The macerator pump that we're using (same one but in a rigid tank) is a positive displacement, self priming unit so it always pumps unless the pipe is restricted or draws air. Most of these pumps will say in the fitting instructions that they should never be run dry. That is because they have rubber impellers much the same as a raw water engine pump and the rubber burns away if run dry. Avoid conditions that would see the discharge pipe blocked by contact with the opposite side of the bag.

Many of these installations in "the old days" had no breathers because the conventional wisdom of the day held that the bag expanded and collapsed as it filled and emptied and didn't need to breath. Avoid this at all costs.

If the bag can't breathe it will generate anaerobic bacteria which smell really bad. And if you're putting a breather in, the most difficult aspect is keeping it from clogging due to the flexibility of the bag. Make the breather so that you can blow it clear from the exit end periodically.

As far as securing the bag goes, our boat had carpet lining the areas where the bag contacted the boat and the bags had four strong eyes in the edges to fix them to the boat. It is quite important that they cannot move or abrade because they will wear through with particularly onerous (should that be odorous) consequences.
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Last edited by Omatako; 11-20-2012 at 02:23 PM.
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Old 11-21-2012
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Re: Orientation of Flexible Holding Tank

Omatako:

Thank you for your detailed reply. A flexible tank would not be my first choice, but since a new tank and all associated materials came with the boat, I thought I am really out nothing if it doesn't work in the long run. Worst case, I will have to eventually replace the tank with a rigid one that will fit in the same compartment.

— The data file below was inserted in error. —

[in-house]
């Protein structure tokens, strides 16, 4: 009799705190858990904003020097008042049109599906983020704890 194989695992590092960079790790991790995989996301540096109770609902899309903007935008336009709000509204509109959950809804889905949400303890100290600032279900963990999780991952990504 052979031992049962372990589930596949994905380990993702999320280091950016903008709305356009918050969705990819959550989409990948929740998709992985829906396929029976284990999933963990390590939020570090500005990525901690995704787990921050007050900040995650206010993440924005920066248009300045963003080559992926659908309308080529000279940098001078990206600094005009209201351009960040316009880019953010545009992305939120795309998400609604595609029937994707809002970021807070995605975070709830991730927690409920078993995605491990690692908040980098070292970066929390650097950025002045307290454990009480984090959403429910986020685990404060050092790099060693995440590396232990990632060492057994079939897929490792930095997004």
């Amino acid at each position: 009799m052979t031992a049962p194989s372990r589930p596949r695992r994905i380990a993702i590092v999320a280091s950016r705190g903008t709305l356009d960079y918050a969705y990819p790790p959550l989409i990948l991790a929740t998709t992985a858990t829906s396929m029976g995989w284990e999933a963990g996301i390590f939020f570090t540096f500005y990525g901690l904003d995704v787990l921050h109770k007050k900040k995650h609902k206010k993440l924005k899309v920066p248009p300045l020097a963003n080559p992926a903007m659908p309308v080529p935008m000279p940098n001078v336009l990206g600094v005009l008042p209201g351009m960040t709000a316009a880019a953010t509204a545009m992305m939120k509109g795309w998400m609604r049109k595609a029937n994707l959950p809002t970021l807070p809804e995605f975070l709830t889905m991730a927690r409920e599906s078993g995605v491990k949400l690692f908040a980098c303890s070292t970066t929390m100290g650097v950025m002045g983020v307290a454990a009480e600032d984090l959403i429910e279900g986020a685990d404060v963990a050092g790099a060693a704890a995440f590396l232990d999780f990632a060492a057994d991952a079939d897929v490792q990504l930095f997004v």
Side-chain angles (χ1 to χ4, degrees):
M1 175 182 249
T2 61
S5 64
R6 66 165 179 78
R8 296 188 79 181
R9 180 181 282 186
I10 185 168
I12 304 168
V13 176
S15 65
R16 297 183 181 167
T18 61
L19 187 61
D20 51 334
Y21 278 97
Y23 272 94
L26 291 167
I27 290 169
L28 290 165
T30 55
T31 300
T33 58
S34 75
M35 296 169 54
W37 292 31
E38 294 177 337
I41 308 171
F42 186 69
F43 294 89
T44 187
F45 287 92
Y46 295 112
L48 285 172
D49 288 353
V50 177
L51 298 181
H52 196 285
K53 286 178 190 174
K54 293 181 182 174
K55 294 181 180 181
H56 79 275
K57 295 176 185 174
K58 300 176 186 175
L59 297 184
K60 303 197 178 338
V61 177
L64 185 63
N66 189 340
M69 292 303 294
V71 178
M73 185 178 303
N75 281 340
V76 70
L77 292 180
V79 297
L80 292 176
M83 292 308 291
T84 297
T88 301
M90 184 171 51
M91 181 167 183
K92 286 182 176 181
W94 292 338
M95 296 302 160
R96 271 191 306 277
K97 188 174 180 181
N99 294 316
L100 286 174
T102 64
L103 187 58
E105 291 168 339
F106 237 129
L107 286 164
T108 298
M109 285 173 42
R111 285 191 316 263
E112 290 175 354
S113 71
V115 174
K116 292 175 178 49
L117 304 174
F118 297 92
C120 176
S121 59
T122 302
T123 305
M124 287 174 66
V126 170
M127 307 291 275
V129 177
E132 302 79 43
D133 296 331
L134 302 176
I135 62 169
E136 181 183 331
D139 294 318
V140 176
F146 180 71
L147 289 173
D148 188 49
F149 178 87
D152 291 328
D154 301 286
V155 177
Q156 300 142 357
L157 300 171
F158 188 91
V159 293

The tank will go in a bow compartment which will be padded and supportive so it cannot move around. I intend to install a proper vent through the starboard side of the hull, just below the deck. I can blow back through it periodically to ensure that it remains clear.

Kermit
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Old 11-22-2012
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Re: Orientation of Flexible Holding Tank

Just an FYI. Most of the C&C tanks were made by Ronco and they still have the molds and specs for them. Our 35 was also in the bow and fits in rather easily. Nnot expensive and capacity is 24 gallons.

Dave
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Old 11-22-2012
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Re: Orientation of Flexible Holding Tank

Quote:
Originally Posted by kjzerr View Post
....I thought I am really out nothing if it doesn't work in the long run. Worst case, I will have to eventually replace the tank with a rigid one that will fit in the same compartment......
This is true, with one big addition. Not working out means it might smell horribly. The thought of remediating a used holding tank is one of the least desirably boat jobs of all time. Therefore, you will find you have to live with that terrible odor until you have the time or desire to deal with it.

Ask me how I know...........

A tip. Be absolutely sure there are zero low spots in your discharge lines and they have a desire to dip when full. They need to empty fully into the tank. If waste sits in them, they will begin to stink and you'll have to replace them too. No way to repair a permeated waste line.

It wasn't clear whether you will have a vent line. One want one to be 1" or larger. There is absolutely zero chance of success without one. The boat will wreak without a properly vented tank, as the odor is directly from anaerobic bacteria. On the other hand, keeping it from clogging and effectively not having one, is going to be a trick.